Thursday, June 6, 2013

Cyber-Pope Plagiarist - No Sources Listed by Paul McCain, Cheater


http://cyberbrethren.com/2013/06/05/commemoration-of-boniface-of-mainz-missionary-and-bishop/

The man who later became known as Saint Boniface was born around AD 670-680 at Crediton, Devonshire, England and baptized Winfrid or Wynfrith. Although he was educated, he became a monk — at that time a calling often avoided by people of learning or means. While still in England, he was ordained as a presbyter and was inspired by the example of others to become a missionary.
Upon receiving a papal commission in 719 to work in Germany, Winfrid devoted himself to starting, organizing, and reforming churches and monasteries in Hesse, Thuringia, and Bavaria. After becoming an archbishop, Boniface was assigned to the See of Mainz in 743. Ten years later he resigned his position to engage in mission work in the Netherlands....
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Walter Snyder says it is from Aardvard Alley:

http://xrysostom.blogspot.com/2008_06_01_archive.html

Boniface of Mainz — Pastor, Missionary, & Bishop

A Brief Biography from Aardvark Alley

Check out Aardvark Alley - Below


05 June 2013

  + Boniface of Mainz +
5 June AD 754
Saint Boniface
Same statue shown in McCain's Cyber-copy:
even the weeds around the base are the same.

The man who later became known as Saint Boniface was born around AD 670-680 at Crediton, Devonshire, England and baptized Winfrid or Wynfrith. Although he was educated, he became a monk — at that time a calling often avoided by people of learning or means. While still in England, he was ordained as a presbyter and was inspired by the example of others to become a missionary.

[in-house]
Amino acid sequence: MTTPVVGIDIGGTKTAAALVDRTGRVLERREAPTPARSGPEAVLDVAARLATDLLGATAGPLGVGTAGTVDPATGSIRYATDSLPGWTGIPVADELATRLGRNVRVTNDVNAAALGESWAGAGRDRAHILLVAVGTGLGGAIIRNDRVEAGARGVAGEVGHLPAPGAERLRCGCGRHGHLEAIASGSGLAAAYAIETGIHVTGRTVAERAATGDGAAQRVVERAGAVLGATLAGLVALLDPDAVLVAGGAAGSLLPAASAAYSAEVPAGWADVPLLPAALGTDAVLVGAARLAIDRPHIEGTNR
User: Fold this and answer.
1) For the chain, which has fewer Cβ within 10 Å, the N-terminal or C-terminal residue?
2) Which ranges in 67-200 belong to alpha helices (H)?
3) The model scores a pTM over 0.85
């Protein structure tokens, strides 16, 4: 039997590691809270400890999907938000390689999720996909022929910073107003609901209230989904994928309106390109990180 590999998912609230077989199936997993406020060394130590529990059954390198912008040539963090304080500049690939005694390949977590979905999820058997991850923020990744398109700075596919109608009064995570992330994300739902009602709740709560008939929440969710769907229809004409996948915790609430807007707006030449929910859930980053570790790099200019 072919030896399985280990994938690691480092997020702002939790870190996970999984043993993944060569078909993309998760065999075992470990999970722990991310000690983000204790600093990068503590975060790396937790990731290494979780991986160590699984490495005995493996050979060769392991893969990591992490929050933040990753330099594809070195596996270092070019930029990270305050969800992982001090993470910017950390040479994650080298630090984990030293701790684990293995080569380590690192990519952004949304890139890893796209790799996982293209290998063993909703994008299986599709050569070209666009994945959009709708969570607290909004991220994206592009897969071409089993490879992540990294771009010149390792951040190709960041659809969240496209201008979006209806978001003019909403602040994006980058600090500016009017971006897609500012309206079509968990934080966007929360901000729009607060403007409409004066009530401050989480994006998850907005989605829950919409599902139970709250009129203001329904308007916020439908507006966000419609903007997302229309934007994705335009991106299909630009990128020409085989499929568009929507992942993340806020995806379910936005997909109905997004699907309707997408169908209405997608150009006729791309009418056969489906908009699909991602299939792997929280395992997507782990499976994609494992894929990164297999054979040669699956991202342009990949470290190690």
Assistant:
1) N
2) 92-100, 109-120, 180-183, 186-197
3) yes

Upon receiving a papal commission in 719 to work in Germany, Winfrid devoted himself to starting, organizing, and reforming churches and monasteries in Hesse, Thuringia, and Bavaria. After becoming an archbishop, Boniface was assigned to the See of Mainz in 743. Ten years later he resigned his position to engage in mission work in the Netherlands.

His time of activity overlapped the period in which Pippin the Younger and Charlemagne reigned and his work of converting the Saxons to Christianity was seen as a boon for expansion of Frankish rule. Yet Boniface never operated as a pawn of the kingdom of the left hand. Instead, he balanced alliances among the Carolingians, Bavarian rulers, and the papacy and often consecrated bishops who were already his followers in order to keep others from meddling in ecclesiastical affairs.

History isn't clear as to exactly when people began calling Winfrid "Boniface," Latin for "good deeds." However, his entire life gives ample testimony to events which would lead to this appellation.

Among his most famous exploits was the felling of Thor's Oak, an ancient tree believed sacred to the Nordic and Germanic god of thunder. Accounts from the period relate that when Thor (or Donar/Donner) didn't strike him dead with a lightning bolt, the locals agreed that the Christian God was supreme and agreed to be baptized. In a practical yet also symbolic gesture, Boniface used the wood of the fallen tree in the construction of a chapel in Fritzlar.

On June 5, 754, while awaiting a group of converts for confirmation, Boniface and his companions were murdered by a band of pagans in Friesland. The above picture is a commemorative statue in Dokkum, The Netherlands — a town near where he was martyred. Erected in 2004, it commemorated the 1250th anniversary of his death. Boniface is known as a great missionary and is sometimes called the "Apostle to the Germans." According to historian Christopher Dawson, no other Englishman had any greater influence upon Europe's history.

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bruce-church (https://bruce-church.myopenid.com/) has left a new comment on your post "Cyber-Pope Plagiarist - No Sources Listed by Paul ...":

You note it was posted at Aardvark Alley in 2008 and 2013, but here it was posted to the same site in 2007:

http://aardvarkalley.blogspot.com/2007/06/boniface-of-mainz.html

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GJ - Someone sent McCain's boss a note on this, so it is not news. 
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